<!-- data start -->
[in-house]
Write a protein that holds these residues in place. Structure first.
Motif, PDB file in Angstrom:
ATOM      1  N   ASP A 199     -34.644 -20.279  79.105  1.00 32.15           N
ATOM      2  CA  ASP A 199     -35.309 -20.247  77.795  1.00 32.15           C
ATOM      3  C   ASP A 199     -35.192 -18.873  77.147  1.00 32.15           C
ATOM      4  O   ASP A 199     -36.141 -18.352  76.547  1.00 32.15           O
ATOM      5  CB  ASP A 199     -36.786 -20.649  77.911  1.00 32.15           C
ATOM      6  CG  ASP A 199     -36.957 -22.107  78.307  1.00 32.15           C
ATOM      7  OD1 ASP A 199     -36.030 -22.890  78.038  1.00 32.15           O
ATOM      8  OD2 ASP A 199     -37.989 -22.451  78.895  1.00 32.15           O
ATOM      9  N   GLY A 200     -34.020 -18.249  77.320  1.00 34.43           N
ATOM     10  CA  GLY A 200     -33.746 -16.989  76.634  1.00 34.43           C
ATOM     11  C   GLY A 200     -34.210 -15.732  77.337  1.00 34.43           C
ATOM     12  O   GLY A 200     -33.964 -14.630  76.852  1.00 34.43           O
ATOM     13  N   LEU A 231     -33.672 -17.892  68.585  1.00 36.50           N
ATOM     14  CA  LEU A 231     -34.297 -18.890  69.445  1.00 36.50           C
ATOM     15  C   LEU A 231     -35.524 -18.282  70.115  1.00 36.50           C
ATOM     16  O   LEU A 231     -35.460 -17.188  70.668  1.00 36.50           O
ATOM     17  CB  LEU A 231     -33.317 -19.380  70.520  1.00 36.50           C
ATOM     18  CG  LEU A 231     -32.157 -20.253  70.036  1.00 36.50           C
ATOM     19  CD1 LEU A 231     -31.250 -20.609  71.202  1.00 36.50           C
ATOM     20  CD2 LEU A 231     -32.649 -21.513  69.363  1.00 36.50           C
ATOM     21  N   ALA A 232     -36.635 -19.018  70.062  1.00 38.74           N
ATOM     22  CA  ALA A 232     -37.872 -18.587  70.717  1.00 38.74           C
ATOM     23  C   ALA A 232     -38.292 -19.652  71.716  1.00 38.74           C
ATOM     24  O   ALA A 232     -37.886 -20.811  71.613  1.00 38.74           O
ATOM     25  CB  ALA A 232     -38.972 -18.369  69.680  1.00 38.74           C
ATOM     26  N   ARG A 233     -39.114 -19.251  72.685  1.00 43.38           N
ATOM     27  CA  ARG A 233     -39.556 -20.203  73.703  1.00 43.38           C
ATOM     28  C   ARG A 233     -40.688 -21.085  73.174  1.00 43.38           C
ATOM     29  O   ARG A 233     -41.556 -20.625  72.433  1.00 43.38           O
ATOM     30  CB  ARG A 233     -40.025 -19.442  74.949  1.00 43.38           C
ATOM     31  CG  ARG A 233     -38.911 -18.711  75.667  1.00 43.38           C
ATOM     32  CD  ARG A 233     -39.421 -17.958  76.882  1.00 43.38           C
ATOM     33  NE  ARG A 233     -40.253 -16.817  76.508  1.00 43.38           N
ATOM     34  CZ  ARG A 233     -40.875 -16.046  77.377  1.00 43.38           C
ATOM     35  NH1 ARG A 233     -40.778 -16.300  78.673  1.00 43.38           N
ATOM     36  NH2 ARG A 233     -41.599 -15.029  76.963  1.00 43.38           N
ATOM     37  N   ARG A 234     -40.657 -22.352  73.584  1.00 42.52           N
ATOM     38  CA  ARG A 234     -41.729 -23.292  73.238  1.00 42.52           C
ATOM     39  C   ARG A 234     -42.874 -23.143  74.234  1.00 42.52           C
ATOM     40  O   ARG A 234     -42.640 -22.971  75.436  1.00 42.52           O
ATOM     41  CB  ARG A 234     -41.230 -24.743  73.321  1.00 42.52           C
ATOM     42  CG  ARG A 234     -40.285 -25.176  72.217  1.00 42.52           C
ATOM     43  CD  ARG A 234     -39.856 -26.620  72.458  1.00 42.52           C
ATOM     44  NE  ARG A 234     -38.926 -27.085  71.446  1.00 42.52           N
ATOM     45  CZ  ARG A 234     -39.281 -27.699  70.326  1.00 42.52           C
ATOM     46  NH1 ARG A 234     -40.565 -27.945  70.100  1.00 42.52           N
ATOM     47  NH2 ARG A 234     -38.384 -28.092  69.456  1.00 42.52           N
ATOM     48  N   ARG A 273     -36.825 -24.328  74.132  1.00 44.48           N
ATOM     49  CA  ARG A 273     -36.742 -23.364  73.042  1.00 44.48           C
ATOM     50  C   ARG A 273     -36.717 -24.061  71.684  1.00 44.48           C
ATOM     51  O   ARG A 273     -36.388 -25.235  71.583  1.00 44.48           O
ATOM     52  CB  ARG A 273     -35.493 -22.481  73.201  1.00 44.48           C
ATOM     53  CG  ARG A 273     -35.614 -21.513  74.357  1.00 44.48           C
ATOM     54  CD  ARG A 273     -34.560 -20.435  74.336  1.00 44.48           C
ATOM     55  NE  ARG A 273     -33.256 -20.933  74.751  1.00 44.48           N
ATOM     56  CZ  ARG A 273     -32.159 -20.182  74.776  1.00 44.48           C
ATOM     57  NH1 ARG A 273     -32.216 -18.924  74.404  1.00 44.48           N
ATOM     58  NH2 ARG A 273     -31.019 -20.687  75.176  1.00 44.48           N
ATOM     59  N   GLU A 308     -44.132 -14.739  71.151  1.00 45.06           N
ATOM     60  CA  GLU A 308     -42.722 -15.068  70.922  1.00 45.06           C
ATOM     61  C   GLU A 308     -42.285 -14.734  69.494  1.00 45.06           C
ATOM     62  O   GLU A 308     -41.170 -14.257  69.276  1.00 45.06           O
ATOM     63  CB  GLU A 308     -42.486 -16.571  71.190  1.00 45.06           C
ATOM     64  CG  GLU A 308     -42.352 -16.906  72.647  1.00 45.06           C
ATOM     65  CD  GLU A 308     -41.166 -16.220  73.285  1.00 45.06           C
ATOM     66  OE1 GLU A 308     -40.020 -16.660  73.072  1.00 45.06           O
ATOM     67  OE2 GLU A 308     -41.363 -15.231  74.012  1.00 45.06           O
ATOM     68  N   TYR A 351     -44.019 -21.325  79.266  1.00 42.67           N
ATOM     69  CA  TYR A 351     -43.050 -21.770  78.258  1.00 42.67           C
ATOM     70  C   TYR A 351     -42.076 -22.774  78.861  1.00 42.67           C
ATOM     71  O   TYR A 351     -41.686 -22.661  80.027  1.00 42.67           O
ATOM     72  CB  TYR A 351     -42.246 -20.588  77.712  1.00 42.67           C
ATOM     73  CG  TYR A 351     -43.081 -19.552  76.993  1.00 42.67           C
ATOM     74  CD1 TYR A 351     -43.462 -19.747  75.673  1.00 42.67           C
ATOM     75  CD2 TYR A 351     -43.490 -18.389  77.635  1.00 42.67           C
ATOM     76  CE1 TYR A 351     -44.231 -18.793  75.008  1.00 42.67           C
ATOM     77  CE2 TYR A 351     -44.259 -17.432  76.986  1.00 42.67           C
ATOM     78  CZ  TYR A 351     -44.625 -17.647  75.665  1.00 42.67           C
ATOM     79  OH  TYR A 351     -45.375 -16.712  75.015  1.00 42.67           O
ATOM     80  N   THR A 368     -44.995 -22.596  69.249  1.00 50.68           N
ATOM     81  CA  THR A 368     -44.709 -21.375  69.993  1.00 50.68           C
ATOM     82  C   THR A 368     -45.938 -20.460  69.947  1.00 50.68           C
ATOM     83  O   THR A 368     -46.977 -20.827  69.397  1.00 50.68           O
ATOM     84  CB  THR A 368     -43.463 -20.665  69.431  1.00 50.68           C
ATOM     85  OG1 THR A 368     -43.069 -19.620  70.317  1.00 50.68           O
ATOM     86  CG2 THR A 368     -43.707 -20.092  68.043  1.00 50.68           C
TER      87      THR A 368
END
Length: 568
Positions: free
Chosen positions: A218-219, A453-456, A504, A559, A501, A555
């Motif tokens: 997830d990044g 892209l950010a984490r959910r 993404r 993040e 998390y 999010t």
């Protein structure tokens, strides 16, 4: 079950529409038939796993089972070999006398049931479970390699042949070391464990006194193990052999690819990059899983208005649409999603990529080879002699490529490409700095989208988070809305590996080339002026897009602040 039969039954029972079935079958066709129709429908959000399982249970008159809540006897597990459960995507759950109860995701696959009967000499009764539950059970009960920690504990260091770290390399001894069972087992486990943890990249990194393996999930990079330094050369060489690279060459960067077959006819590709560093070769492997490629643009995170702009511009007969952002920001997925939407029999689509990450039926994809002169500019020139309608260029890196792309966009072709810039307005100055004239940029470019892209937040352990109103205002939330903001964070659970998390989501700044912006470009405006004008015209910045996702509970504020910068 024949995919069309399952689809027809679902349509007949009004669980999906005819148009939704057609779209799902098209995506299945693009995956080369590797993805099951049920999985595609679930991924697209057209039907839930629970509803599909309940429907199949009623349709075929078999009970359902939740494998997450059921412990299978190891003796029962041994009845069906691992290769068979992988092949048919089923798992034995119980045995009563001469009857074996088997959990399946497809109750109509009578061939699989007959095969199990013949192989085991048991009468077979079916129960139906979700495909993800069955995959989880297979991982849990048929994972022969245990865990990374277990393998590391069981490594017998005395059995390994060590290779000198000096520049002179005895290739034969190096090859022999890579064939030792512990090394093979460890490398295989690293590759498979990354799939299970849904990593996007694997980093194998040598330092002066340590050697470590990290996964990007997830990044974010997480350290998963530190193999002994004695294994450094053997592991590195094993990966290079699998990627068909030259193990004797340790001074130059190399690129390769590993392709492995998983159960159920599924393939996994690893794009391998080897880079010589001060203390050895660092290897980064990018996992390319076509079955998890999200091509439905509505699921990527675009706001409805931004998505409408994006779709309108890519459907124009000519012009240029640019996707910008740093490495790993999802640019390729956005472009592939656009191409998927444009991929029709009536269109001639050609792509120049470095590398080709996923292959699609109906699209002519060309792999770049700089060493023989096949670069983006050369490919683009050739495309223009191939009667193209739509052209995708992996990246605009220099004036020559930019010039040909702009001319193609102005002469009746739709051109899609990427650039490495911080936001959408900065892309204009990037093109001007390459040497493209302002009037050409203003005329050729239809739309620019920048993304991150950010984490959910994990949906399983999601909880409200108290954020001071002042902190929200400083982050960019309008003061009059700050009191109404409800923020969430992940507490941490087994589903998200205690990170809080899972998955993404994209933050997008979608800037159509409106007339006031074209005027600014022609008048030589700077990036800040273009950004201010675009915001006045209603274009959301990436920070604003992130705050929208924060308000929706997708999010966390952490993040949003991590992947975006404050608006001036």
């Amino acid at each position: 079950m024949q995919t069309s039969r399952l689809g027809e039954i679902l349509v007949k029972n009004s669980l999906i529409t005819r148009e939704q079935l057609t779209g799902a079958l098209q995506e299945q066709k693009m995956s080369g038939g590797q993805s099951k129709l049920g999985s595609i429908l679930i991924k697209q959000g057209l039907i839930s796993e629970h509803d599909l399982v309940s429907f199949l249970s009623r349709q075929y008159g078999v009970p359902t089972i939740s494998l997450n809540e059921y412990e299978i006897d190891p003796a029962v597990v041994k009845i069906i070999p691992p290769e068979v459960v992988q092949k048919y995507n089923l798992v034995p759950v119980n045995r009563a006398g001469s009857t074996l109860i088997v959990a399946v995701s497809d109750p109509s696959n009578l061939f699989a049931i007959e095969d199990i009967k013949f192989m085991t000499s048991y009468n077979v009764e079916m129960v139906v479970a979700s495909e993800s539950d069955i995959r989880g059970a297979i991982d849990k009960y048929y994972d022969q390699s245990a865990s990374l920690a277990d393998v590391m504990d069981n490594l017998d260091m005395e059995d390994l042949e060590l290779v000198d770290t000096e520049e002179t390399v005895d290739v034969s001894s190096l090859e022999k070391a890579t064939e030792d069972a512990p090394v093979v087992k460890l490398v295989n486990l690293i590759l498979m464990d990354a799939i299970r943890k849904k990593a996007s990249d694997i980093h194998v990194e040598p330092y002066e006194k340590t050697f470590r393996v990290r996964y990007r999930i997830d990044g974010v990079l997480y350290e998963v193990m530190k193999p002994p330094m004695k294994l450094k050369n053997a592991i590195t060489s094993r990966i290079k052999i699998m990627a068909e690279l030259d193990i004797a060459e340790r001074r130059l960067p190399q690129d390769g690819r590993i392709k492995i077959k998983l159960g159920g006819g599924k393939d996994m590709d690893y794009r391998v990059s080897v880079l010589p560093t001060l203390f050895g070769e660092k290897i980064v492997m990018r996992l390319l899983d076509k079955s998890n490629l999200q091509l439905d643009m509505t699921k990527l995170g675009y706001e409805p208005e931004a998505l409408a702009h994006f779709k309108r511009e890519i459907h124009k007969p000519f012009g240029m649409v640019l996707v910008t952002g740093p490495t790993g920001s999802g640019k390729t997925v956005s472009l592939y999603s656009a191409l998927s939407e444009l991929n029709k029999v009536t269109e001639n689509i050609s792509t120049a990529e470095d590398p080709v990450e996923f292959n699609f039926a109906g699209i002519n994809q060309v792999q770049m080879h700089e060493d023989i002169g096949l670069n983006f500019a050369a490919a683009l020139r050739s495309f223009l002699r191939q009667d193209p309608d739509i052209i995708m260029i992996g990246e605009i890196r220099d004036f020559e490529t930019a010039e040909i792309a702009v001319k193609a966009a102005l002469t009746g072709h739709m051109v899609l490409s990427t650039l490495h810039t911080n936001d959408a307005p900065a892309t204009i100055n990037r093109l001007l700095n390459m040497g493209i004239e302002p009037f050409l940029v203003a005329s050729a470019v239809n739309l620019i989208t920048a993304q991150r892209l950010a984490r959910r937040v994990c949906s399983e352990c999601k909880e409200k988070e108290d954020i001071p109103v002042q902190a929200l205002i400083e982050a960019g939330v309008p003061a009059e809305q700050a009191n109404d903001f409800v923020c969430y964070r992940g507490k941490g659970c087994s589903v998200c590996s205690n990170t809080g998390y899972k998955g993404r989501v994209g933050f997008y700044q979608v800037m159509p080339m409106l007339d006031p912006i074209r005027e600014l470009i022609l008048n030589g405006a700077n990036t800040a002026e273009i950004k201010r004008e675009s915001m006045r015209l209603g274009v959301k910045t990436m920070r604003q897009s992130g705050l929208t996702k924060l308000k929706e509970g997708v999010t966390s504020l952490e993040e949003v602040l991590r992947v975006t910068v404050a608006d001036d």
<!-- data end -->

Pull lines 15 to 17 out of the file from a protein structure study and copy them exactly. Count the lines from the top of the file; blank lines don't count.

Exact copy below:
ATOM     12  O   GLY A 200     -33.964 -14.630  76.852  1.00 34.43           O
ATOM     13  N   LEU A 231     -33.672 -17.892  68.585  1.00 36.50           N
ATOM     14  CA  LEU A 231     -34.297 -18.890  69.445  1.00 36.50           C